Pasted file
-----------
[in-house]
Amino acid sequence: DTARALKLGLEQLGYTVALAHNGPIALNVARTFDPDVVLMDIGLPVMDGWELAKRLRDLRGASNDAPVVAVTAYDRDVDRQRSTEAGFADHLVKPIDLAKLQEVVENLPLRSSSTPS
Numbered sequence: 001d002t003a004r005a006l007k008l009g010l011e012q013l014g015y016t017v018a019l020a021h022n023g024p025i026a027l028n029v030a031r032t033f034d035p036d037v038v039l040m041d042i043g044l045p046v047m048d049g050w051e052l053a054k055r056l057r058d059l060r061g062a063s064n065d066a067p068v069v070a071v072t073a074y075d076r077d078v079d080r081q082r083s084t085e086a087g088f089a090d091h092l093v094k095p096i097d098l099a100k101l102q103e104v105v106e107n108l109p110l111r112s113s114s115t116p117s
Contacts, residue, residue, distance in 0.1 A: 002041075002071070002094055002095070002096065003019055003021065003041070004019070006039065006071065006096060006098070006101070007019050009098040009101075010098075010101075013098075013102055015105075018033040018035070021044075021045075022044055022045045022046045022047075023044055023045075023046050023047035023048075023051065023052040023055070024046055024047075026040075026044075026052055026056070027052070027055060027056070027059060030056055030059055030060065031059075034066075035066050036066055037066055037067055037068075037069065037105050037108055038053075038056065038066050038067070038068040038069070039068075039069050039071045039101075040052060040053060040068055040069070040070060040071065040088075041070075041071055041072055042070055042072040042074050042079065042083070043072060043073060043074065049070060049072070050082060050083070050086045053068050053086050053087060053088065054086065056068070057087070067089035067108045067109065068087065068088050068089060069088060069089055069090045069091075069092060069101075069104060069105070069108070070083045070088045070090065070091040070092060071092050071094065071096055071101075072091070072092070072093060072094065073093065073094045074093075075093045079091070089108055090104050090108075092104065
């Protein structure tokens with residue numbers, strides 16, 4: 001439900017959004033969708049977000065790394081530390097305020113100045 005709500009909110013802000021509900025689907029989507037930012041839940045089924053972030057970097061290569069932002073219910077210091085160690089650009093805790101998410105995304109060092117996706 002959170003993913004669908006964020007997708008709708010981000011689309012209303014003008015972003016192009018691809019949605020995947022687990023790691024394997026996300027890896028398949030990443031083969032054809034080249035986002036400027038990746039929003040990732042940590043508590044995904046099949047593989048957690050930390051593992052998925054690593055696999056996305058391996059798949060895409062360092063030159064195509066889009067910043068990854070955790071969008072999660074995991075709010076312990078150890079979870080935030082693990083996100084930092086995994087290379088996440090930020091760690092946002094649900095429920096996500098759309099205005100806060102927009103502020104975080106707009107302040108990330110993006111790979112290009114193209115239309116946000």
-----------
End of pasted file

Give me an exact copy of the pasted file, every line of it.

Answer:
[in-house]
Amino acid sequence: DTARALKLGLEQLGYTVALAHNGPIALNVARTFDPDVVLMDIGLPVMDGWELAKRLRDLRGASNDAPVVAVTAYDRDVDRQRSTEAGFADHLVKPIDLAKLQEVVENLPLRSSSTPS
Numbered sequence: 001d002t003a004r005a006l007k008l009g010l011e012q013l014g015y016t017v018a019l020a021h022n023g024p025i026a027l028n029v030a031r032t033f034d035p036d037v038v039l040m041d042i043g044l045p046v047m048d049g050w051e052l053a054k055r056l057r058d059l060r061g062a063s064n065d066a067p068v069v070a071v072t073a074y075d076r077d078v079d080r081q082r083s084t085e086a087g088f089a090d091h092l093v094k095p096i097d098l099a100k101l102q103e104v105v106e107n108l109p110l111r112s113s114s115t116p117s
Contacts, residue, residue, distance in 0.1 A: 002041075002071070002094055002095070002096065003019055003021065003041070004019070006039065006071065006096060006098070006101070007019050009098040009101075010098075010101075013098075013102055015105075018033040018035070021044075021045075022044055022045045022046045022047075023044055023045075023046050023047035023048075023051065023052040023055070024046055024047075026040075026044075026052055026056070027052070027055060027056070027059060030056055030059055030060065031059075034066075035066050036066055037066055037067055037068075037069065037105050037108055038053075038056065038066050038067070038068040038069070039068075039069050039071045039101075040052060040053060040068055040069070040070060040071065040088075041070075041071055041072055042070055042072040042074050042079065042083070043072060043073060043074065049070060049072070050082060050083070050086045053068050053086050053087060053088065054086065056068070057087070067089035067108045067109065068087065068088050068089060069088060069089055069090045069091075069092060069101075069104060069105070069108070070083045070088045070090065070091040070092060071092050071094065071096055071101075072091070072092070072093060072094065073093065073094045074093075075093045079091070089108055090104050090108075092104065
């Protein structure tokens with residue numbers, strides 16, 4: 001439900017959004033969708049977000065790394081530390097305020113100045 005709500009909110013802000021509900025689907029989507037930012041839940045089924053972030057970097061290569069932002073219910077210091085160690089650009093805790101998410105995304109060092117996706 002959170003993913004669908006964020007997708008709708010981000011689309012209303014003008015972003016192009018691809019949605020995947022687990023790691024394997026996300027890896028398949030990443031083969032054809034080249035986002036400027038990746039929003040990732042940590043508590044995904046099949047593989048957690050930390051593992052998925054690593055696999056996305058391996059798949060895409062360092063030159064195509066889009067910043068990854070955790071969008072999660074995991075709010076312990078150890079979870080935030082693990083996100084930092086995994087290379088996440090930020091760690092946002094649900095429920096996500098759309099205005100806060102927009103502020104975080106707009107302040108990330110993006111790979112290009114193209115239309116946000």